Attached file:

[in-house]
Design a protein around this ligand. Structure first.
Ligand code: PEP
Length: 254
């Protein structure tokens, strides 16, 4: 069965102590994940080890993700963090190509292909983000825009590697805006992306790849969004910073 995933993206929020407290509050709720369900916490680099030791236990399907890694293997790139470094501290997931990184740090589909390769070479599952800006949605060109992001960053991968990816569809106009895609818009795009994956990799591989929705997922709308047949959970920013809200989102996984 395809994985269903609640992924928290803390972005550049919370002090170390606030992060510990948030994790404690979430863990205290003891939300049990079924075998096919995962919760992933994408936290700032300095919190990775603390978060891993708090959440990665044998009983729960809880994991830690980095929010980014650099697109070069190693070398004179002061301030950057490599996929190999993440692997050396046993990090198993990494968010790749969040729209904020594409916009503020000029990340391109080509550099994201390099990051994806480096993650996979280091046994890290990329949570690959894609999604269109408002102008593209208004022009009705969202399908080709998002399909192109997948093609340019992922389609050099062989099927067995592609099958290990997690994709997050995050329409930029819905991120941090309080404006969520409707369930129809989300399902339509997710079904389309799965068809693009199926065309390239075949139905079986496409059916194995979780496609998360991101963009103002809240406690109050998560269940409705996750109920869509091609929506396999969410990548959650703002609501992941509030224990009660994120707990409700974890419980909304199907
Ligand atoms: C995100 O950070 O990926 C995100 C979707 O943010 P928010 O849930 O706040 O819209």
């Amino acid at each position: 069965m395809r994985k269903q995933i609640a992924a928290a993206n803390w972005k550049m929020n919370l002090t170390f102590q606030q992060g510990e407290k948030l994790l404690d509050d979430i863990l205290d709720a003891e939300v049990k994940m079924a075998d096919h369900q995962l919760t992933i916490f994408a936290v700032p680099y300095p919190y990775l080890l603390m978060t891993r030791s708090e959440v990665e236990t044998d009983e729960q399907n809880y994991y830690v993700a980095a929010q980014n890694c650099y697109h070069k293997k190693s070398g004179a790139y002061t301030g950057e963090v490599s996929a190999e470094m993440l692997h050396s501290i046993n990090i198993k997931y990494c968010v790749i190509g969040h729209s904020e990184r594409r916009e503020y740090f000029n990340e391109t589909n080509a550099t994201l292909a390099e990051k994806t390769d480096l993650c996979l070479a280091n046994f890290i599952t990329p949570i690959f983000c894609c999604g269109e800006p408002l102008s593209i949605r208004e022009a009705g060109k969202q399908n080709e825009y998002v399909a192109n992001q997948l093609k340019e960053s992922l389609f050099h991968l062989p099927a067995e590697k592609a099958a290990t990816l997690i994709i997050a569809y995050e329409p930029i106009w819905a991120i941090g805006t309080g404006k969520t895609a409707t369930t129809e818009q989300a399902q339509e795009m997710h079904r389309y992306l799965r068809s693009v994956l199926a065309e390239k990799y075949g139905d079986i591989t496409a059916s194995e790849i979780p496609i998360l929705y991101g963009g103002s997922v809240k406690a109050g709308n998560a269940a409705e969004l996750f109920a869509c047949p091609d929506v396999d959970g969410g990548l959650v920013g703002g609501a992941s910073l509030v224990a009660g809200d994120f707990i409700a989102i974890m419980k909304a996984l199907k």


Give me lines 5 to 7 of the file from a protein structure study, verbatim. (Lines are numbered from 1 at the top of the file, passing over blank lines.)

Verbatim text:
């Protein structure tokens, strides 16, 4: 069965102590994940080890993700963090190509292909983000825009590697805006992306790849969004910073 995933993206929020407290509050709720369900916490680099030791236990399907890694293997790139470094501290997931990184740090589909390769070479599952800006949605060109992001960053991968990816569809106009895609818009795009994956990799591989929705997922709308047949959970920013809200989102996984 395809994985269903609640992924928290803390972005550049919370002090170390606030992060510990948030994790404690979430863990205290003891939300049990079924075998096919995962919760992933994408936290700032300095919190990775603390978060891993708090959440990665044998009983729960809880994991830690980095929010980014650099697109070069190693070398004179002061301030950057490599996929190999993440692997050396046993990090198993990494968010790749969040729209904020594409916009503020000029990340391109080509550099994201390099990051994806480096993650996979280091046994890290990329949570690959894609999604269109408002102008593209208004022009009705969202399908080709998002399909192109997948093609340019992922389609050099062989099927067995592609099958290990997690994709997050995050329409930029819905991120941090309080404006969520409707369930129809989300399902339509997710079904389309799965068809693009199926065309390239075949139905079986496409059916194995979780496609998360991101963009103002809240406690109050998560269940409705996750109920869509091609929506396999969410990548959650703002609501992941509030224990009660994120707990409700974890419980909304199907
Ligand atoms: C995100 O950070 O990926 C995100 C979707 O943010 P928010 O849930 O706040 O819209």
């Amino acid at each position: 069965m395809r994985k269903q995933i609640a992924a928290a993206n803390w972005k550049m929020n919370l002090t170390f102590q606030q992060g510990e407290k948030l994790l404690d509050d979430i863990l205290d709720a003891e939300v049990k994940m079924a075998d096919h369900q995962l919760t992933i916490f994408a936290v700032p680099y300095p919190y990775l080890l603390m978060t891993r030791s708090e959440v990665e236990t044998d009983e729960q399907n809880y994991y830690v993700a980095a929010q980014n890694c650099y697109h070069k293997k190693s070398g004179a790139y002061t301030g950057e963090v490599s996929a190999e470094m993440l692997h050396s501290i046993n990090i198993k997931y990494c968010v790749i190509g969040h729209s904020e990184r594409r916009e503020y740090f000029n990340e391109t589909n080509a550099t994201l292909a390099e990051k994806t390769d480096l993650c996979l070479a280091n046994f890290i599952t990329p949570i690959f983000c894609c999604g269109e800006p408002l102008s593209i949605r208004e022009a009705g060109k969202q399908n080709e825009y998002v399909a192109n992001q997948l093609k340019e960053s992922l389609f050099h991968l062989p099927a067995e590697k592609a099958a290990t990816l997690i994709i997050a569809y995050e329409p930029i106009w819905a991120i941090g805006t309080g404006k969520t895609a409707t369930t129809e818009q989300a399902q339509e795009m997710h079904r389309y992306l799965r068809s693009v994956l199926a065309e390239k990799y075949g139905d079986i591989t496409a059916s194995e790849i979780p496609i998360l929705y991101g963009g103002s997922v809240k406690a109050g709308n998560a269940a409705e969004l996750f109920a869509c047949p091609d929506v396999d959970g969410g990548l959650v920013g703002g609501a992941s910073l509030v224990a009660g809200d994120f707990i409700a989102i974890m419980k909304a996984l199907k």